Sometimes you have to leave your hometown to see it clearly. Or, in the case of Carmen Gentile, sometimes you have to spend years in Afghanistan, Brazil, Haiti and other parts of the world to come home and rediscover your native country.
After studying philosophy with a minor in Islamic studies — “I came out of school as employable as an old pair of tennis shoes” -— Gentile followed a professor’s advice and enrolled in an Arabic language program in Cairo. He fell in love with the city, with traveling and living abroad, and spent much of the next decade, on and off, traveling and working as a correspondent. He spent four years in Brazil, covered a coup in Haiti in 2004 and, starting in 2005, would spend months at a time in Afghanistan and Iraq for the next 10 years before returning to the United States.
“I spent 20 years of my career living and working overseas. In coming to know and appreciate and understand other countries, other cultures, other people, but I didn’t know America at all. My understanding of my misunderstanding really became apparent in 2013,” he says. At that time, he took a road trip through the southern states, starting in his hometown of Pittsburgh, through West Virginia, down to Alabama, Georgia, Louisiana and through the Carolinas.
“What I inadvertently discovered was a country I knew nothing about that was astonishing to me,” he says. “In rural Appalachia, where the poverty was so bad it was reminiscent of some of the things I’ve seen in Haiti.”
That trip inspired him to start Postindustrial Media, a multi-platform organization that shares the stories of cities trying to reinvent themselves, succeeding and working to make changes happen. Focusing mainly on the Rust Belt cities to the north and Applachaian regions to the south, he and his team produce events in addition to articles, videos and podcasts.
“We don’t like to just look at a problem and then say we’ll produce some poverty porn piece about the worst of West Virginia where there is systemic poverty and joblessness and opioid addiction. We’ll focus on people trying to find solutions to these problems.”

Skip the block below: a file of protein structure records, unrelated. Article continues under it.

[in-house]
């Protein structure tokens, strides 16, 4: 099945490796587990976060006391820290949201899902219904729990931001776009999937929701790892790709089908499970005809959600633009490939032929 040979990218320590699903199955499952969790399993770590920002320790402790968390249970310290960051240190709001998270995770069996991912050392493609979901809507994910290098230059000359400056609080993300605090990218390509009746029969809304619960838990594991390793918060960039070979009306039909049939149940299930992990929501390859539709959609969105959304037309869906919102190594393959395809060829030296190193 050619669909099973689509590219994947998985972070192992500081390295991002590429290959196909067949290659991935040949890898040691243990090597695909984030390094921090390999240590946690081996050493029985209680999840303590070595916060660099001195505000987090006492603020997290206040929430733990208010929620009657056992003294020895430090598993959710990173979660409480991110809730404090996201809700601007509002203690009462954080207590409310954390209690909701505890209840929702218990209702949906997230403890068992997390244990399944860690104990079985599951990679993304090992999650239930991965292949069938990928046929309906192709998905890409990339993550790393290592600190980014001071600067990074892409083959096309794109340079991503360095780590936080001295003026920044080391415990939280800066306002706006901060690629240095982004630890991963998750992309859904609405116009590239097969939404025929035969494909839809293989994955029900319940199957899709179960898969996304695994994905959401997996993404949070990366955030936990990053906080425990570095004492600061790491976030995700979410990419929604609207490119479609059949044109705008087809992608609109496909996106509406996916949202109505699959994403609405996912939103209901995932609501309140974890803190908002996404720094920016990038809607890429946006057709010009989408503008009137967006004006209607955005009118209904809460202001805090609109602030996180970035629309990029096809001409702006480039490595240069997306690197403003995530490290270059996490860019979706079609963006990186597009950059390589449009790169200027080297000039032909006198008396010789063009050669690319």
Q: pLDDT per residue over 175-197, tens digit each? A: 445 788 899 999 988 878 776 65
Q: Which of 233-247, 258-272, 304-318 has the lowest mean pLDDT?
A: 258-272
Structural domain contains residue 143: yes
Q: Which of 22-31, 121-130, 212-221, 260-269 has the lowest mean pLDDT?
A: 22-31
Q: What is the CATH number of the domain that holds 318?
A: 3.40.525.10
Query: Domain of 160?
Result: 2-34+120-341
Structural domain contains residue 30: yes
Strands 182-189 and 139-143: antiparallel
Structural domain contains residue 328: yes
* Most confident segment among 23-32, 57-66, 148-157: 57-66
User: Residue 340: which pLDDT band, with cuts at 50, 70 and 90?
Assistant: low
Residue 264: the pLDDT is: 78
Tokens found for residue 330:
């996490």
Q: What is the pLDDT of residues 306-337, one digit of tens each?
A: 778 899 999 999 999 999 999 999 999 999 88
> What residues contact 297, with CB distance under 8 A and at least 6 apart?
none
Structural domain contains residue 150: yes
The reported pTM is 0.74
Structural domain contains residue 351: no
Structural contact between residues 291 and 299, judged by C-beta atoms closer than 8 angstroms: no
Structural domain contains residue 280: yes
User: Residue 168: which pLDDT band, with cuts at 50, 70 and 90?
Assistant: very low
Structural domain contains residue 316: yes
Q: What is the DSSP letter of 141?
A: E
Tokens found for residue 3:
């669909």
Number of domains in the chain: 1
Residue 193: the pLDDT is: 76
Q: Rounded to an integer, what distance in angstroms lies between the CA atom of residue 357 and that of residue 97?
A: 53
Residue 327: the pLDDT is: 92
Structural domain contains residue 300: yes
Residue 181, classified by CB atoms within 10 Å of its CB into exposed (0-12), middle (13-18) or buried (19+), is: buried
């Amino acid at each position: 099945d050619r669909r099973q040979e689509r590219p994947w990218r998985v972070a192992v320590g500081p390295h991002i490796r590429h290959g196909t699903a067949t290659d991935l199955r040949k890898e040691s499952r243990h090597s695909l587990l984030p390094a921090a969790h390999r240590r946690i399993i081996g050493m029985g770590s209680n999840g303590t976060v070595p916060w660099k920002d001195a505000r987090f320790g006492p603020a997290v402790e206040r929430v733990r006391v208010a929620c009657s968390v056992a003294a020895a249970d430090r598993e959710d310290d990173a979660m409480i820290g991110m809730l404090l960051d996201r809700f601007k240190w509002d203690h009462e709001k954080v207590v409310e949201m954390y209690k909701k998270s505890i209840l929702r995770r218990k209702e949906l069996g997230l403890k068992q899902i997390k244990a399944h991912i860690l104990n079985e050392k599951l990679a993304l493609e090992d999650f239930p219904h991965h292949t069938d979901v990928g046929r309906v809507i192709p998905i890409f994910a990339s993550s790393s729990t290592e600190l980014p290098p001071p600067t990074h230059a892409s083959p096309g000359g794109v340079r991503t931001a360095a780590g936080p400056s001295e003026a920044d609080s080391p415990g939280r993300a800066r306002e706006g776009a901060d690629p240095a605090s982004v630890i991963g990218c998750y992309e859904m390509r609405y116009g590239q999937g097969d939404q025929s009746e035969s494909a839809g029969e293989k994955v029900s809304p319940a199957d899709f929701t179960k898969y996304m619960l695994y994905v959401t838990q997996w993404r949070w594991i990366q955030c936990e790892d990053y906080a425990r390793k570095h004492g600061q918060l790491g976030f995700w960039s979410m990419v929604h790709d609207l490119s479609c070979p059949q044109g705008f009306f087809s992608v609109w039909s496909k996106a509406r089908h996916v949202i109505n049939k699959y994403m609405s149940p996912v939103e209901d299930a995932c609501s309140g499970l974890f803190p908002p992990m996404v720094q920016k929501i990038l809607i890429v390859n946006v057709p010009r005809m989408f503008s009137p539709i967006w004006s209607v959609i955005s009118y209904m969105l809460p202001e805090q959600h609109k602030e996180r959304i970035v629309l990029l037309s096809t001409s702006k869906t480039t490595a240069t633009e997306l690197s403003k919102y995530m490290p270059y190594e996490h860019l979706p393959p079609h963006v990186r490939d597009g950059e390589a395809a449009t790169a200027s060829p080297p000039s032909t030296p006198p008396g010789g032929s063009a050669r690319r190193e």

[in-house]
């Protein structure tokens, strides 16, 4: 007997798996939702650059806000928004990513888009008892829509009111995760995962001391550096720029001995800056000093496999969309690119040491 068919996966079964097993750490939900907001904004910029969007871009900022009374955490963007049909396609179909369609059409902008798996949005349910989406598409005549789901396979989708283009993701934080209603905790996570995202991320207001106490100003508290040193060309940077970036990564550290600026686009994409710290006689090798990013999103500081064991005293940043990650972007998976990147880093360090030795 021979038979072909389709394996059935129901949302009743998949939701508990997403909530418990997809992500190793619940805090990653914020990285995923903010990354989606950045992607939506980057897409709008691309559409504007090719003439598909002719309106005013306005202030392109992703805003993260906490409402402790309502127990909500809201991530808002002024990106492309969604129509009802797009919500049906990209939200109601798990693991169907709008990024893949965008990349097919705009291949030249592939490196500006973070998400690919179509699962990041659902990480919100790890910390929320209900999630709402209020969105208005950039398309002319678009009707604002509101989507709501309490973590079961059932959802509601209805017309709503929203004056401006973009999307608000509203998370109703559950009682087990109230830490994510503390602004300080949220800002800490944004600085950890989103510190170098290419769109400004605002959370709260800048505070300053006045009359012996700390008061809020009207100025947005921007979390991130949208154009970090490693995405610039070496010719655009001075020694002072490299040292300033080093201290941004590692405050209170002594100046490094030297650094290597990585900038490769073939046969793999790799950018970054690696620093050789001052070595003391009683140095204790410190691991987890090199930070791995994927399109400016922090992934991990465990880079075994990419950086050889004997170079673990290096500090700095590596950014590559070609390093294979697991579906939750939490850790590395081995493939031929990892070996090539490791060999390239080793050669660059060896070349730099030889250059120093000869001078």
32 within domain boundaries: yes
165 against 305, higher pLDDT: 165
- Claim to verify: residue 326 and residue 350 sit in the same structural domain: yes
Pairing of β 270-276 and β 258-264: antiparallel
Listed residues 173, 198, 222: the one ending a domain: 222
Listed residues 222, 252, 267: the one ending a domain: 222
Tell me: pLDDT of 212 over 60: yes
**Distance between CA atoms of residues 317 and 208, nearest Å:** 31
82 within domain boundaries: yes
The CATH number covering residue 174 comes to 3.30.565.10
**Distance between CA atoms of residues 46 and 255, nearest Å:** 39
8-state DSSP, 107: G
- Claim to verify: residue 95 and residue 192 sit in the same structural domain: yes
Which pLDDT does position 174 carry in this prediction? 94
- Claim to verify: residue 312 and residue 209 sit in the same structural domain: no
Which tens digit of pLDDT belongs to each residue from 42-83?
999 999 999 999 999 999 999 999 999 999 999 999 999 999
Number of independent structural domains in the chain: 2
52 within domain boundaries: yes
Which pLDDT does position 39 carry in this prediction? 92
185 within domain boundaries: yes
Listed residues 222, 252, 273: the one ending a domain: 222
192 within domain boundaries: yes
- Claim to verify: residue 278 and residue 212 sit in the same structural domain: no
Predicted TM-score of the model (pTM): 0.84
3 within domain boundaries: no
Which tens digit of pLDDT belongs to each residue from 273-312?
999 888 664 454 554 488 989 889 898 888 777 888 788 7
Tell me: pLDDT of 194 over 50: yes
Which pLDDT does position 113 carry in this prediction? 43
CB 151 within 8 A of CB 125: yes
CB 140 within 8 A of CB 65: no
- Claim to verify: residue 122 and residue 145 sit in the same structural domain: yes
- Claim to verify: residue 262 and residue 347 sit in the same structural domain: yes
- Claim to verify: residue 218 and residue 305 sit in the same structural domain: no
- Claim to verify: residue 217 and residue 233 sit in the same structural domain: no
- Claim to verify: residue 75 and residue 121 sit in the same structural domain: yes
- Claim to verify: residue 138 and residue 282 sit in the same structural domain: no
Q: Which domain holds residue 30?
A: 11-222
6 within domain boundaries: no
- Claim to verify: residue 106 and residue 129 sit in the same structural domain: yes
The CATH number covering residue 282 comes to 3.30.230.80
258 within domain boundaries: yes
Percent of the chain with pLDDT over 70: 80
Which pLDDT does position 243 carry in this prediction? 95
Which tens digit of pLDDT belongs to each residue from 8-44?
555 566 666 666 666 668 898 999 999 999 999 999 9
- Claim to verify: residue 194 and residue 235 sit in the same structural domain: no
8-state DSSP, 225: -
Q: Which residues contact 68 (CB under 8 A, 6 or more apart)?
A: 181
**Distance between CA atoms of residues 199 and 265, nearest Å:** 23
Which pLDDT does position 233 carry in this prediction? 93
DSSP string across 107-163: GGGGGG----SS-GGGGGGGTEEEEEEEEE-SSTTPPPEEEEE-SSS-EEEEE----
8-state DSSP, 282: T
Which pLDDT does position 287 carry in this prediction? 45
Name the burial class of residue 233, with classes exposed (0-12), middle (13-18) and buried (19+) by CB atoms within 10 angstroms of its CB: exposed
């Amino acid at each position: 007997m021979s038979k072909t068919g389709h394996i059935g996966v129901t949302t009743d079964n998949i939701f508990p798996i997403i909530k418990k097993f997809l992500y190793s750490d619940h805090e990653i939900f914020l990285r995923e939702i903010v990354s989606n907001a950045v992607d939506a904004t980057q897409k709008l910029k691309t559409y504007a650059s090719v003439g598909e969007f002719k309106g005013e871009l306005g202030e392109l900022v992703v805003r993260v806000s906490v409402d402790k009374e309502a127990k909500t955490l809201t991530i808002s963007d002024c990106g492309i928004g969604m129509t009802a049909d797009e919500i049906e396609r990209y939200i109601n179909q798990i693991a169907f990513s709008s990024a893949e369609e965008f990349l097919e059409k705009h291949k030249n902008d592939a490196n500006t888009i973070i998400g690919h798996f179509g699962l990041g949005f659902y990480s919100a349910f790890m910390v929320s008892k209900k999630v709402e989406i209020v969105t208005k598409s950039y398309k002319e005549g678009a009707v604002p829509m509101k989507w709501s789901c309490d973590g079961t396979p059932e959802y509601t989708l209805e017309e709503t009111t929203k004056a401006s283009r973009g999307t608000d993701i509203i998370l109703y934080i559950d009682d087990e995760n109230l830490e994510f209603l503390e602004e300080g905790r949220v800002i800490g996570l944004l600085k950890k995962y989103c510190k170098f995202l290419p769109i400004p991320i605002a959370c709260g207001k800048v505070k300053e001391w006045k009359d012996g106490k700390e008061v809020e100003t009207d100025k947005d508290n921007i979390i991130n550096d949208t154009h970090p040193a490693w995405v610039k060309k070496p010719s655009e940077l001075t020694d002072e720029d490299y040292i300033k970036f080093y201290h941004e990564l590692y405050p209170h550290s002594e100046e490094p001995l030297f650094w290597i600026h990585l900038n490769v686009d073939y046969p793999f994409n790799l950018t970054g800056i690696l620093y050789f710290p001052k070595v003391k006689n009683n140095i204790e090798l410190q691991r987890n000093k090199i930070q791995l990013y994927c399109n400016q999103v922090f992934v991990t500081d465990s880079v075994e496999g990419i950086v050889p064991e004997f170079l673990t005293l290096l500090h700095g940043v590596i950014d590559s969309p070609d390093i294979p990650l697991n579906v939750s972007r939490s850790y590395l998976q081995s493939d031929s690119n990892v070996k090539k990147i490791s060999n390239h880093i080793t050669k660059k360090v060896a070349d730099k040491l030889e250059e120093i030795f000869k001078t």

Gentile wants to be clear: Postindustrial is not anti-business or anti-industry.
“A lot of what we seek to dispel is we’re not anti-industry in any way. We’re very much pro any kind of industry that meet three criteria: good paying jobs, they have to be safe and they have to be environmentally friendly. Part of what it means to be post-industrial is trying to invite those types of industries to where there’s plenty of workforce but not enough jobs. Those are the cities we like to cover.”
Postindustrial also covers issues of immigration, featuring writers who tell their own stories about trying to escape oppressive regimes in other countries like Afghanistan and Iran.
“Veterans are also a big issue for us. It’s a topic near and dear to my heart because I spent a lot of time with service members in Iraq, Afghanistan and elsewhere,” Gentile says. “So many people from post-industrial America go into the military. We don’t try to focus on the doom and gloom. We did a story on how they relax and unwind to help heal some of those mental wounds from combat, like engaging in outdoor activities like learning to surf. … We’re bleeding hearts, that’s for sure.”
Carmen Gentile, founder and editor at large of Postindustrial, explains how the independent, journalism-first, multimedia news outlet covers the areas in the United States that were once deemed highly industrialized. While some communities continue to struggles, others are finding new ways to thrive.